Friday – Mayors Meeting

Friday I participated in a meeting of the North Carolina metro mayors to get a legislative update. Of course the repeal of HB2 was the lead topic. Other topics included the metro mayors’ visit with Transportation Secretary Trogdon, meetings with legislators, bills introduced on tax deductions, a bill that would move tax collected from rental cars to the highway fund from the general fund, a bill for sales tax redistribution, and a bill allowing providers to have total control of putting communication equipment in right-of-ways. Our meeting lasted a little over half an hour.

Saturday – Midtown Square

Saturday I participated in the ribbon cutting for Midtown Square. Here is an excerpt from my remarks that I spoke from:

“… Cutting the ribbon to this project today is a testament of what great redevelopment looks like in our downtown. It is wonderful to see all the active downtown redevelopment projects which is making our downtown more of a destination area. And there is more to come, especially with our downtown park which is now opened and has several activities already planned. Multiple people are already taking in the view of the fountain, the activity center, and just enjoying a day downtown.

While learning about this development, I came across a neat fact about the midtown logo – the locomotive. As we come up on our incorporation date of April 3, 1871, it is important to note that without the train, Cary would not be here. The Midtown logo is a representation of the Cary Train that will be revealed later this year with the year of our incorporation date, 1871, reflected on the locomotive. So stay tuned for another celebration when the Town welcomes the locomotive online.

In closing I would like to thank the Jordan Family, Jordan Gussenhoven and George Jordan, for their commitment to downtown. …”

 Town Manager’s Report

The town manager’s report this week included:

Council/Staff Retreat Report

We have put together the Council/Staff Retreat Report, which is the first step in reporting our process on the issues and ideas discussed at the retreat. The document includes a look back at the retreat sessions, shares Council’s list of priorities, and provides some next steps to guide our future progress. We are interested in finding out if these high level summaries of the different sessions, as well as the list of Council priorities, match what you heard and syncs with your recollection of our conversations.

Town Hall Day

Lana, Allison and I joined Council member Jennifer Robinson at the NC League of Municipalities Town Hall Day at the General Assembly on Wednesday. Town Hall Day hosts elected officials and managers from across the state to speak to legislators about issues important to municipalities. Similar to last year, Lana organized a Wake County delegation luncheon to provide a convenient space for all delegates to meet with their municipal partners. Staff and elected officials from Morrisville, Holly Springs, Knightdale, Wake Forest and Zebulon participated. We were able to interact with Senators Alexander and Chaudhuri, and Representatives Adcock, Holley, John and Williams at the luncheon. Members of our group also had the opportunity to speak with Senator Barringer and Representative Dollar.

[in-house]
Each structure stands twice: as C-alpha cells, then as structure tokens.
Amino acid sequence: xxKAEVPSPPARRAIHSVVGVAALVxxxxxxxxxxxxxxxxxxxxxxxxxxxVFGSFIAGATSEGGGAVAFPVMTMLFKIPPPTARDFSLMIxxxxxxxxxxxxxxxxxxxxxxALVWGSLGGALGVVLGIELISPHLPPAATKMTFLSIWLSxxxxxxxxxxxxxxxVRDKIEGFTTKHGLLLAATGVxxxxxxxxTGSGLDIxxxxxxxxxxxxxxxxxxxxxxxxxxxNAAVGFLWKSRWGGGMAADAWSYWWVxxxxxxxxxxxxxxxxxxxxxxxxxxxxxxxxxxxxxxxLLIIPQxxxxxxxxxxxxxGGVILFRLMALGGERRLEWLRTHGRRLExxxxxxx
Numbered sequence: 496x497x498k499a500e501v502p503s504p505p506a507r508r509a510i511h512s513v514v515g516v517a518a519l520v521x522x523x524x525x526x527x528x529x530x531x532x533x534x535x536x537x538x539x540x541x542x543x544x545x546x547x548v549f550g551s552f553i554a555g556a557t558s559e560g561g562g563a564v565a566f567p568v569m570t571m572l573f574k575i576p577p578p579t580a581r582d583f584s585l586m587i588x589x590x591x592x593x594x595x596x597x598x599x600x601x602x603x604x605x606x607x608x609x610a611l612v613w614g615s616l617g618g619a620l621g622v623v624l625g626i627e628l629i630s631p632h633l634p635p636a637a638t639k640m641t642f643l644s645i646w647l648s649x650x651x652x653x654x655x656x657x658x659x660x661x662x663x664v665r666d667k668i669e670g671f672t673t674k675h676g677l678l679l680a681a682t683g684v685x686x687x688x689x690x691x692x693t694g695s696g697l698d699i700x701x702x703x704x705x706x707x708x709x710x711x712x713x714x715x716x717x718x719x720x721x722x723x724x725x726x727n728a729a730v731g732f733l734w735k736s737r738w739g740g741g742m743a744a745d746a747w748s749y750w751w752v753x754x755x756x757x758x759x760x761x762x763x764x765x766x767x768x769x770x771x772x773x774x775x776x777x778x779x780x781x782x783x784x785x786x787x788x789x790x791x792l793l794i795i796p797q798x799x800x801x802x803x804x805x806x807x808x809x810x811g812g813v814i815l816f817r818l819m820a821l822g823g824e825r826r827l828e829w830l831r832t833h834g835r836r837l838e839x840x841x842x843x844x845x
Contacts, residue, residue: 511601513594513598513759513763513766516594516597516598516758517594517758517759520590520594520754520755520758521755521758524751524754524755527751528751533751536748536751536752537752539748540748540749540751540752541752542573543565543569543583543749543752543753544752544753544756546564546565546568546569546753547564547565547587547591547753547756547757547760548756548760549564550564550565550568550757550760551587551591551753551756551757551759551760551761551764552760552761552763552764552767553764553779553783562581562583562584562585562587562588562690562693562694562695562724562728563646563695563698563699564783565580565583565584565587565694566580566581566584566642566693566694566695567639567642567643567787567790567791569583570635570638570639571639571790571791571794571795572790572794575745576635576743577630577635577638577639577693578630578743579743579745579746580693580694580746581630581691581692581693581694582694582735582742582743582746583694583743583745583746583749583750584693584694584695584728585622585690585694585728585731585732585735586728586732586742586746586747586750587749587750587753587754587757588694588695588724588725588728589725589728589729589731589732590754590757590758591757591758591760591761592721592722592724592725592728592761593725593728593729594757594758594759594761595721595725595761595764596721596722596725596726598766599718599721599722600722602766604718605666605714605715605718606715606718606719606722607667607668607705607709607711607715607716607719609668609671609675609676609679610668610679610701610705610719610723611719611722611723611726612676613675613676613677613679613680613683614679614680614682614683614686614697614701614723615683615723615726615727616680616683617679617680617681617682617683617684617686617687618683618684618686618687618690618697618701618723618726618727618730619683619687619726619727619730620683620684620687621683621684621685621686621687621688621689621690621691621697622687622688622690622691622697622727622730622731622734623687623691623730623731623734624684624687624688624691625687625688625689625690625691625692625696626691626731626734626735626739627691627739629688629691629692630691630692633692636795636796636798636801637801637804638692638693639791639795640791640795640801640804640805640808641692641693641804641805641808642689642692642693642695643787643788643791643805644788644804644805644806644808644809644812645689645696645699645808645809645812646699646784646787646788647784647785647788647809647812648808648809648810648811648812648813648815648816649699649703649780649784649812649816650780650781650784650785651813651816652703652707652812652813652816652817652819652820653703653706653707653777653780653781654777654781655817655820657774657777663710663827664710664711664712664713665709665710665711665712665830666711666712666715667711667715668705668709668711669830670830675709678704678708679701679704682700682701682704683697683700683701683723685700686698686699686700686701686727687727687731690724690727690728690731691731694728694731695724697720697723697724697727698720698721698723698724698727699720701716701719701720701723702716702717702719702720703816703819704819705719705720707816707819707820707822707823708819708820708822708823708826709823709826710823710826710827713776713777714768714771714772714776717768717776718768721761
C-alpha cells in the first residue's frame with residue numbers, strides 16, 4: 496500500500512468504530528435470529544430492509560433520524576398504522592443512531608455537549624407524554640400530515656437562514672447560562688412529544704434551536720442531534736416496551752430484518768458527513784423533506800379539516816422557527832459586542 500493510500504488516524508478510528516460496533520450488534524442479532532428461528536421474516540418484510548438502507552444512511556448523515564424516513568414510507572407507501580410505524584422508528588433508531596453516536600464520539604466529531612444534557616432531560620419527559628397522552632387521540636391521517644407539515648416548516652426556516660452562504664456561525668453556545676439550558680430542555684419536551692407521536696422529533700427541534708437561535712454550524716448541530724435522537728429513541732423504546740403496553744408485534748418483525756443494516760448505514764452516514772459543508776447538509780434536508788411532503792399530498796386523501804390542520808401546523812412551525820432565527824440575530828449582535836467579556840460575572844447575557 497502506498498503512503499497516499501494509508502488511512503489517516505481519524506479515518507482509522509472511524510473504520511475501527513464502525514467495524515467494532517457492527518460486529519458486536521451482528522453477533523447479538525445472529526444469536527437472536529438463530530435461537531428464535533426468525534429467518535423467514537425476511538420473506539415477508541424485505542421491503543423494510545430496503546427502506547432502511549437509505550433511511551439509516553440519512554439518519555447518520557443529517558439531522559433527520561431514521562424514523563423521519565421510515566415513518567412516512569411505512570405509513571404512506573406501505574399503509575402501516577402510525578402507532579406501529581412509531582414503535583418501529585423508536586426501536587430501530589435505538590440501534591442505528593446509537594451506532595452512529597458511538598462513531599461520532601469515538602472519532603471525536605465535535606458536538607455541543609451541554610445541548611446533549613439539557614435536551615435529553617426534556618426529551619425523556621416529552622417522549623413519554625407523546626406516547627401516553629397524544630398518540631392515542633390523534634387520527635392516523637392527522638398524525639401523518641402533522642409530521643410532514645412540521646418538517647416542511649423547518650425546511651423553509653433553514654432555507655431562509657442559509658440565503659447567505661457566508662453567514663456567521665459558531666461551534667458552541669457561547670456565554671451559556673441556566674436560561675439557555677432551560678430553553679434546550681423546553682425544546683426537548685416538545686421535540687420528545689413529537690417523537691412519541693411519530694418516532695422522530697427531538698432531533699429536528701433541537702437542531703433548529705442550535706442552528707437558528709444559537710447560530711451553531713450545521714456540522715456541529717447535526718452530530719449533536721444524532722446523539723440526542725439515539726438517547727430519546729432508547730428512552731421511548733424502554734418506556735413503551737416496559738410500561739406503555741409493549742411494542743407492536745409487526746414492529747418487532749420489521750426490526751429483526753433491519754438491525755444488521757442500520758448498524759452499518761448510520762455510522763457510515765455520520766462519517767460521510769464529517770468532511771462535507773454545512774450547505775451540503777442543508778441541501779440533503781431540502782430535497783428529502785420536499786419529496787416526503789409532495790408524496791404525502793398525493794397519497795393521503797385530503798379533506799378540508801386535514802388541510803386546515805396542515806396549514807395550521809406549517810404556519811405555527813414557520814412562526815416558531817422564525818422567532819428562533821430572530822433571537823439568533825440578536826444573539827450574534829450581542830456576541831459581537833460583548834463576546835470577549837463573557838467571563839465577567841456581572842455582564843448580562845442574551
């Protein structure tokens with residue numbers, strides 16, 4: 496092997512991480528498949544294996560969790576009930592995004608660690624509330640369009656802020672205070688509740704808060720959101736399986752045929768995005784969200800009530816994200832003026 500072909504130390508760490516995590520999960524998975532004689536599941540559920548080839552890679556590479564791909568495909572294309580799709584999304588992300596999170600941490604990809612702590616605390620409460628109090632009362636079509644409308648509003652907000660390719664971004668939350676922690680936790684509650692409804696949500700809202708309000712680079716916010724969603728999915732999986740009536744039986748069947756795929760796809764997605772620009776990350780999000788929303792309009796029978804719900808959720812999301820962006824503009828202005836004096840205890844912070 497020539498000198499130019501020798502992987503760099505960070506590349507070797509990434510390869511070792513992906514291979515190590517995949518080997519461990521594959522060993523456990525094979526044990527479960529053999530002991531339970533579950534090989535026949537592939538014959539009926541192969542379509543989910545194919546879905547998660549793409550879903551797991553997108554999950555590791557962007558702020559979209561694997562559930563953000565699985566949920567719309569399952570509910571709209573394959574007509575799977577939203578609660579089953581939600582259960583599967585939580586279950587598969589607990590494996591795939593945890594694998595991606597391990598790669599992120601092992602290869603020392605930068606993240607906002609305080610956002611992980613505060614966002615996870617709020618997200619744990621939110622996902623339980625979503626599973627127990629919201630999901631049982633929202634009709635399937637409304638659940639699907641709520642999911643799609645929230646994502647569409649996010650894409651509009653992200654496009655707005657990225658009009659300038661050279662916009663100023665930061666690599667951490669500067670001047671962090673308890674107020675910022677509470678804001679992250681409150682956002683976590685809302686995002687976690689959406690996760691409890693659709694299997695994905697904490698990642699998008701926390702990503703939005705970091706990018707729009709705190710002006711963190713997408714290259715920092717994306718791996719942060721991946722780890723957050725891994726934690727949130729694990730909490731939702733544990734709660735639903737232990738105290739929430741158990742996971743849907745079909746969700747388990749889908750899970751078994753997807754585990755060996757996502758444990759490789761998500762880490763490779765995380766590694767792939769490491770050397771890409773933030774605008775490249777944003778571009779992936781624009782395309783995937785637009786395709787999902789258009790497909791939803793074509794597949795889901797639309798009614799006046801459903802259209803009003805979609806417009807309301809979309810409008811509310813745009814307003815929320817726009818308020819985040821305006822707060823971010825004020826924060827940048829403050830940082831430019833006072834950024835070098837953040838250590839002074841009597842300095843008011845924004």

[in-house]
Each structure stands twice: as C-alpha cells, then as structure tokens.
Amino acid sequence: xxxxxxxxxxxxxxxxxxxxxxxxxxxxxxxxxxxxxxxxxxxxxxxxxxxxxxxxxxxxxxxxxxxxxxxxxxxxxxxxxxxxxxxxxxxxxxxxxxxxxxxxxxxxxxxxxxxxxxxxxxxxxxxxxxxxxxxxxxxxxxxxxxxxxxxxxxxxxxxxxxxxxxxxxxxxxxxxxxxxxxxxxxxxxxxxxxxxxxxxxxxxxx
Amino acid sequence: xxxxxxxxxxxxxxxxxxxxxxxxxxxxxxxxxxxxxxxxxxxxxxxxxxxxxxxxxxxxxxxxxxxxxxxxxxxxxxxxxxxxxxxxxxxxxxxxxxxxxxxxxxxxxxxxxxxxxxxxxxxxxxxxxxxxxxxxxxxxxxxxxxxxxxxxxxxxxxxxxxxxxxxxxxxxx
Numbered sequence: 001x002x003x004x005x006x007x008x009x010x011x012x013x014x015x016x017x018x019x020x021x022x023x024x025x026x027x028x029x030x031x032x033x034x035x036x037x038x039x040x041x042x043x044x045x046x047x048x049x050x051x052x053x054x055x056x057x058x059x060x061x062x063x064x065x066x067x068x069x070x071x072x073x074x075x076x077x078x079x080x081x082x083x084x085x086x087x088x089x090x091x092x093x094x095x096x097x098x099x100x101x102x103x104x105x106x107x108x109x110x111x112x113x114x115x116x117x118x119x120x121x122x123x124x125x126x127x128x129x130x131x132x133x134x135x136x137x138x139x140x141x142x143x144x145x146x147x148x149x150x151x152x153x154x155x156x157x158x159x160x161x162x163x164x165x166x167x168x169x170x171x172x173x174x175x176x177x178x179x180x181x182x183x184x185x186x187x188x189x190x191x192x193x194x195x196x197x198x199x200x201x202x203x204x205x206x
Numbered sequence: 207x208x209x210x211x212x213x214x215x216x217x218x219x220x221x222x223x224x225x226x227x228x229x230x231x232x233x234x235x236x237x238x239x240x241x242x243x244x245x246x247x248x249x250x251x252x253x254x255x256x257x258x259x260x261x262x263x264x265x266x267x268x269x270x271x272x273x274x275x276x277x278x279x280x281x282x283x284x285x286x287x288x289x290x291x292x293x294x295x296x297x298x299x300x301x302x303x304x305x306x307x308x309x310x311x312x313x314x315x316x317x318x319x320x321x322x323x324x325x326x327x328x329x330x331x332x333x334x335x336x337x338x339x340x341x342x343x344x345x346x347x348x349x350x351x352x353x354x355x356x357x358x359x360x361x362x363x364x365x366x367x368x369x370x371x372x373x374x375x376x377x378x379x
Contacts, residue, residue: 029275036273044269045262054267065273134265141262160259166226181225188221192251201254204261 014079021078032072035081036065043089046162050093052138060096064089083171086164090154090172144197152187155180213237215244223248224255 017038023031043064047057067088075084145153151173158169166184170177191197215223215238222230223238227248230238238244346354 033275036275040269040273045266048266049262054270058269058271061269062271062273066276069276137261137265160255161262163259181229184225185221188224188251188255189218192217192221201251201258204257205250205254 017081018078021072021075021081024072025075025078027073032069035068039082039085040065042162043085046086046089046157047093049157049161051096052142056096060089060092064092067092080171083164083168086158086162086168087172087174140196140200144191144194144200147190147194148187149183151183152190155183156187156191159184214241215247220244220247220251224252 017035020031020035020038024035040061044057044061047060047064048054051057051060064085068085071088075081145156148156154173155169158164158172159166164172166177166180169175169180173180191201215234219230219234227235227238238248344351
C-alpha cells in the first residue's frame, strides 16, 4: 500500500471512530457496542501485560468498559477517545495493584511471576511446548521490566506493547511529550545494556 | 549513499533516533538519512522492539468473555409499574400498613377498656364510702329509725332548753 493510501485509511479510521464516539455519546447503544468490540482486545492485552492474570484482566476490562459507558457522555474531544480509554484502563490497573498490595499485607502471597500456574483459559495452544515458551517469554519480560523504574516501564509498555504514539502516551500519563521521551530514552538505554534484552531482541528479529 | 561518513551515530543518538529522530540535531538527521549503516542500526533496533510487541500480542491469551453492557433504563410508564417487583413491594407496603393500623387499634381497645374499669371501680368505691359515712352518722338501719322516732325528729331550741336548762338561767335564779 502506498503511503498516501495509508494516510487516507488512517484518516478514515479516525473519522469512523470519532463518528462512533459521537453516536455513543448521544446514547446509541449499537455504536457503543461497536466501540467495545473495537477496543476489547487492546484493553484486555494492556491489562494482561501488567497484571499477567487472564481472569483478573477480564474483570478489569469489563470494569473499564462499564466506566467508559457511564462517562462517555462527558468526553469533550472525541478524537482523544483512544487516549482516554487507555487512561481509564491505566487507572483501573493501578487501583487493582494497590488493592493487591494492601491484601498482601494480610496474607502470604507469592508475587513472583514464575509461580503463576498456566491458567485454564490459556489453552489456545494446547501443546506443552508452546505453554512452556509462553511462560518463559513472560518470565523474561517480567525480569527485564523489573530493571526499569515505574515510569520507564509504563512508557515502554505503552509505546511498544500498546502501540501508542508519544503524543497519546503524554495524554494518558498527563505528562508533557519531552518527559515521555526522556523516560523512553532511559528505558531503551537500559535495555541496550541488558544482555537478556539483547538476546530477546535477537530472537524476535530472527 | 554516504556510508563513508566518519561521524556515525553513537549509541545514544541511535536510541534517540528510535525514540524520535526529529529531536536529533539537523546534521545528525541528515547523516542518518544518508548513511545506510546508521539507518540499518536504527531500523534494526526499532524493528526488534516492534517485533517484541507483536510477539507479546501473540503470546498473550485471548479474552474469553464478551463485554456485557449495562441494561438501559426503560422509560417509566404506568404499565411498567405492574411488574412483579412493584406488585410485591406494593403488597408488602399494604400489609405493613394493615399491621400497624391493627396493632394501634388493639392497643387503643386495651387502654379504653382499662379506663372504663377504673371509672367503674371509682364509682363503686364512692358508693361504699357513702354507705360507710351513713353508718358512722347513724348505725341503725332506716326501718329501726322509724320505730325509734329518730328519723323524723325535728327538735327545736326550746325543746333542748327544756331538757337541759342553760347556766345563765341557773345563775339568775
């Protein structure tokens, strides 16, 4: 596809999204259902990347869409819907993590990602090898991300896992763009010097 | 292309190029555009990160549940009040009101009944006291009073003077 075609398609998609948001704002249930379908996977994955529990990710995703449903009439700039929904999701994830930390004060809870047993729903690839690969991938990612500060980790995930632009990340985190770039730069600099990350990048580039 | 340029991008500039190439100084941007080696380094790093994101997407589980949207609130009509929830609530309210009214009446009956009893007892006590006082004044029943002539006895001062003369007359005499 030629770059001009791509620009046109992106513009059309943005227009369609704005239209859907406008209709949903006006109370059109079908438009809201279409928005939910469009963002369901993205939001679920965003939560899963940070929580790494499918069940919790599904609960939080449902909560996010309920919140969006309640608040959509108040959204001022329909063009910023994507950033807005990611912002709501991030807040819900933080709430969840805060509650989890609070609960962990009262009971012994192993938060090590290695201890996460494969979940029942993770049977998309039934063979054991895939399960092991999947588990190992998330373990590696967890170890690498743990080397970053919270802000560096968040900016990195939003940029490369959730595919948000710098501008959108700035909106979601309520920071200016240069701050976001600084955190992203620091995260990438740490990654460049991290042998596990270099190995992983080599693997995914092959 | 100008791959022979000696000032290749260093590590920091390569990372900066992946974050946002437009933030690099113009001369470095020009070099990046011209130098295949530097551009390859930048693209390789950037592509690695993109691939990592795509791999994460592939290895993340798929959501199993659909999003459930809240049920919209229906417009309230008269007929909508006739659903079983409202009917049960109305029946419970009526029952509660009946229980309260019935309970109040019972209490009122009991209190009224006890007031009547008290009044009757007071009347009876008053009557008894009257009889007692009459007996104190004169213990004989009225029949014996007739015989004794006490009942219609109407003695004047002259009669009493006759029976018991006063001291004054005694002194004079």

School of Government Kick Off

On Wednesday evening, the 14th School of Government class, made up of a diverse group of 26 Cary citizens, convened for the introductory session. The participants first got to hear from almost all Council members about how important it is to have engaged citizens and provided background to the class on how they first got involved with Town government. Then, I had the opportunity to play professor and teach about our Council-Manager form of government and share my views on the role of local government. Chris Simpson provided context from the Town Attorneys Office and facts around topics like open meeting laws. Ginny Johnson closed the evening with prizes and information about the Town Clerk’s role supporting Council and managing the Town’s Hillcrest Cemetery.

Supporting the STOP ACT

Assistant Police Chief Tracy Jernigan accompanied the president of the Association of Police Chiefs, Mike Yaniero (Jacksonville PD) to the Attorney General’s Office on Thursday in support of the STOP Bill that is before the legislature. This bill would be great legislation to begin addressing the opioid issue in North Carolina. The AG, Josh Stein, specifically asked if Cary PD could attend since we had done some media on the issue as well as specifically referenced Cary in his comments.

Google Fiber Install at USA Baseball

On Tuesday, Google’s Gigabit Fiber Service was installed at the USA Baseball National Training Complex at Thomas Brooks Park. This service provides high speed internet connectivity for facility and USA Baseball staff. It also offers video streaming capabilities for events and the foundation for public Wi-Fi service. Cary was selected to be the first municipality to test out this new service offering.

Regional Assistance During Water Main Break Response

Earlier this week, staff responded to two separate water main breaks along Waldo Rood Boulevard. Both breaks occurred along a major water transmission main and temporarily shut down sections of a 30-inch and 36-inch main for repair operations. This resulted in a bottleneck in the water system that substantially reduced our ability to adequately supply water to meet the demands of the Central Pressure Zone.

Cary staff called upon Raleigh to provide water under our mutual aid agreement. Raleigh staff responded within 30 minutes of the call and immediately worked to implement a water transfer to Cary through the Trinity Road Pump Station. During the repair, Raleigh supplied approximately 6.5 million gallons of water to the Central Pressure Zone of Cary.